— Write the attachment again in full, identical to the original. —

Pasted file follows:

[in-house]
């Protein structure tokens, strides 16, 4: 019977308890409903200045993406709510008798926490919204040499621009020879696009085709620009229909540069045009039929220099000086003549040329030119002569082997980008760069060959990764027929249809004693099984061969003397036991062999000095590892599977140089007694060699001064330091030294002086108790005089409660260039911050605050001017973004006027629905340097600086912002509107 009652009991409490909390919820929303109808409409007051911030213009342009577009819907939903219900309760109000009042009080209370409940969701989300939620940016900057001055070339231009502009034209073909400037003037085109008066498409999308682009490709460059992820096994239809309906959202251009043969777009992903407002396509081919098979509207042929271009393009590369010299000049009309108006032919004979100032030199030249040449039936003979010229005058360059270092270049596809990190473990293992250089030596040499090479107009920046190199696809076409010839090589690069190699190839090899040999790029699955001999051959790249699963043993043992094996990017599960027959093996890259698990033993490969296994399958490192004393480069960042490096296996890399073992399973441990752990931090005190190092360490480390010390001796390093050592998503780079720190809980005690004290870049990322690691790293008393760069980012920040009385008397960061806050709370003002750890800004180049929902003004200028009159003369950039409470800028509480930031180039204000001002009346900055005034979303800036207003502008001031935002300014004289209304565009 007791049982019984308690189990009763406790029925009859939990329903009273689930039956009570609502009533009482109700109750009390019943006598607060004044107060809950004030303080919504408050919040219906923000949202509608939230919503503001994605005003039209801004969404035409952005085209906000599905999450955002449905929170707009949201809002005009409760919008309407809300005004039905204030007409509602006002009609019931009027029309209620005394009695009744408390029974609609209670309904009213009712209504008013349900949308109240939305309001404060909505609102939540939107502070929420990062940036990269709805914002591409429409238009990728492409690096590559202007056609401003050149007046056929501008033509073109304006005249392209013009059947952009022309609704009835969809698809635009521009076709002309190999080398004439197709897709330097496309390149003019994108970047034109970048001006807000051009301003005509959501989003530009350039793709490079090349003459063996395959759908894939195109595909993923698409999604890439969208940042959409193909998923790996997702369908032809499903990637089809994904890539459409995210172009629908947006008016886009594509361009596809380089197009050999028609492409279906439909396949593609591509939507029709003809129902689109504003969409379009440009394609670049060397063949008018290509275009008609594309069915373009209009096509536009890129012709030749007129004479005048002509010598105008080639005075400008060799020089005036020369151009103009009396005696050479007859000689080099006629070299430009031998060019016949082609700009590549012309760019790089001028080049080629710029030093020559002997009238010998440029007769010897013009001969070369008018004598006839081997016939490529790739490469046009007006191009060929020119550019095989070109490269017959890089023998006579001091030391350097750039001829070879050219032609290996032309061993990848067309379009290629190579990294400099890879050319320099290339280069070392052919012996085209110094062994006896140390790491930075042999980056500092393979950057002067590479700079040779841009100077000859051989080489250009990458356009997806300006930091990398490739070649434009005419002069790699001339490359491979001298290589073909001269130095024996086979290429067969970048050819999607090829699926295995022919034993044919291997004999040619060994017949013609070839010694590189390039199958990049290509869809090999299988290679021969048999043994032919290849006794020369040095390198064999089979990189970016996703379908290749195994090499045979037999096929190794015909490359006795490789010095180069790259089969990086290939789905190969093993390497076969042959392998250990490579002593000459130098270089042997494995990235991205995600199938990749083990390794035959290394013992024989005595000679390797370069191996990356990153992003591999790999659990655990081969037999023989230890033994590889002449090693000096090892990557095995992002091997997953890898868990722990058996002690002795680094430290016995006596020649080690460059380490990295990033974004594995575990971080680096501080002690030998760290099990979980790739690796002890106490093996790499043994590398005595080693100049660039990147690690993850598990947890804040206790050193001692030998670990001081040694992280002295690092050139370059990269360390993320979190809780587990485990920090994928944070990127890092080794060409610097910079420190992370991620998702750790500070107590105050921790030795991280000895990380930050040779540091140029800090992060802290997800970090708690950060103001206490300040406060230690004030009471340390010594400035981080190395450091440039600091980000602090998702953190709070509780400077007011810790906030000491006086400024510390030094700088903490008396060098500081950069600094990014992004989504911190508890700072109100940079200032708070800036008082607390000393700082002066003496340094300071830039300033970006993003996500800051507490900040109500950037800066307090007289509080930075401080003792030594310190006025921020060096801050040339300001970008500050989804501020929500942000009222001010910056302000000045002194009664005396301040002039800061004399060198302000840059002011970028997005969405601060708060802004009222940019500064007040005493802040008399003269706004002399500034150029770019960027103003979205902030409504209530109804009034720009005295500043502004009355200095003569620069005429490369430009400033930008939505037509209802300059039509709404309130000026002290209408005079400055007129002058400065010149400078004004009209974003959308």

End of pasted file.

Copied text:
[in-house]
């Protein structure tokens, strides 16, 4: 019977308890409903200045993406709510008798926490919204040499621009020879696009085709620009229909540069045009039929220099000086003549040329030119002569082997980008760069060959990764027929249809004693099984061969003397036991062999000095590892599977140089007694060699001064330091030294002086108790005089409660260039911050605050001017973004006027629905340097600086912002509107 009652009991409490909390919820929303109808409409007051911030213009342009577009819907939903219900309760109000009042009080209370409940969701989300939620940016900057001055070339231009502009034209073909400037003037085109008066498409999308682009490709460059992820096994239809309906959202251009043969777009992903407002396509081919098979509207042929271009393009590369010299000049009309108006032919004979100032030199030249040449039936003979010229005058360059270092270049596809990190473990293992250089030596040499090479107009920046190199696809076409010839090589690069190699190839090899040999790029699955001999051959790249699963043993043992094996990017599960027959093996890259698990033993490969296994399958490192004393480069960042490096296996890399073992399973441990752990931090005190190092360490480390010390001796390093050592998503780079720190809980005690004290870049990322690691790293008393760069980012920040009385008397960061806050709370003002750890800004180049929902003004200028009159003369950039409470800028509480930031180039204000001002009346900055005034979303800036207003502008001031935002300014004289209304565009 007791049982019984308690189990009763406790029925009859939990329903009273689930039956009570609502009533009482109700109750009390019943006598607060004044107060809950004030303080919504408050919040219906923000949202509608939230919503503001994605005003039209801004969404035409952005085209906000599905999450955002449905929170707009949201809002005009409760919008309407809300005004039905204030007409509602006002009609019931009027029309209620005394009695009744408390029974609609209670309904009213009712209504008013349900949308109240939305309001404060909505609102939540939107502070929420990062940036990269709805914002591409429409238009990728492409690096590559202007056609401003050149007046056929501008033509073109304006005249392209013009059947952009022309609704009835969809698809635009521009076709002309190999080398004439197709897709330097496309390149003019994108970047034109970048001006807000051009301003005509959501989003530009350039793709490079090349003459063996395959759908894939195109595909993923698409999604890439969208940042959409193909998923790996997702369908032809499903990637089809994904890539459409995210172009629908947006008016886009594509361009596809380089197009050999028609492409279906439909396949593609591509939507029709003809129902689109504003969409379009440009394609670049060397063949008018290509275009008609594309069915373009209009096509536009890129012709030749007129004479005048002509010598105008080639005075400008060799020089005036020369151009103009009396005696050479007859000689080099006629070299430009031998060019016949082609700009590549012309760019790089001028080049080629710029030093020559002997009238010998440029007769010897013009001969070369008018004598006839081997016939490529790739490469046009007006191009060929020119550019095989070109490269017959890089023998006579001091030391350097750039001829070879050219032609290996032309061993990848067309379009290629190579990294400099890879050319320099290339280069070392052919012996085209110094062994006896140390790491930075042999980056500092393979950057002067590479700079040779841009100077000859051989080489250009990458356009997806300006930091990398490739070649434009005419002069790699001339490359491979001298290589073909001269130095024996086979290429067969970048050819999607090829699926295995022919034993044919291997004999040619060994017949013609070839010694590189390039199958990049290509869809090999299988290679021969048999043994032919290849006794020369040095390198064999089979990189970016996703379908290749195994090499045979037999096929190794015909490359006795490789010095180069790259089969990086290939789905190969093993390497076969042959392998250990490579002593000459130098270089042997494995990235991205995600199938990749083990390794035959290394013992024989005595000679390797370069191996990356990153992003591999790999659990655990081969037999023989230890033994590889002449090693000096090892990557095995992002091997997953890898868990722990058996002690002795680094430290016995006596020649080690460059380490990295990033974004594995575990971080680096501080002690030998760290099990979980790739690796002890106490093996790499043994590398005595080693100049660039990147690690993850598990947890804040206790050193001692030998670990001081040694992280002295690092050139370059990269360390993320979190809780587990485990920090994928944070990127890092080794060409610097910079420190992370991620998702750790500070107590105050921790030795991280000895990380930050040779540091140029800090992060802290997800970090708690950060103001206490300040406060230690004030009471340390010594400035981080190395450091440039600091980000602090998702953190709070509780400077007011810790906030000491006086400024510390030094700088903490008396060098500081950069600094990014992004989504911190508890700072109100940079200032708070800036008082607390000393700082002066003496340094300071830039300033970006993003996500800051507490900040109500950037800066307090007289509080930075401080003792030594310190006025921020060096801050040339300001970008500050989804501020929500942000009222001010910056302000000045002194009664005396301040002039800061004399060198302000840059002011970028997005969405601060708060802004009222940019500064007040005493802040008399003269706004002399500034150029770019960027103003979205902030409504209530109804009034720009005295500043502004009355200095003569620069005429490369430009400033930008939505037509209802300059039509709404309130000026002290209408005079400055007129002058400065010149400078004004009209974003959308």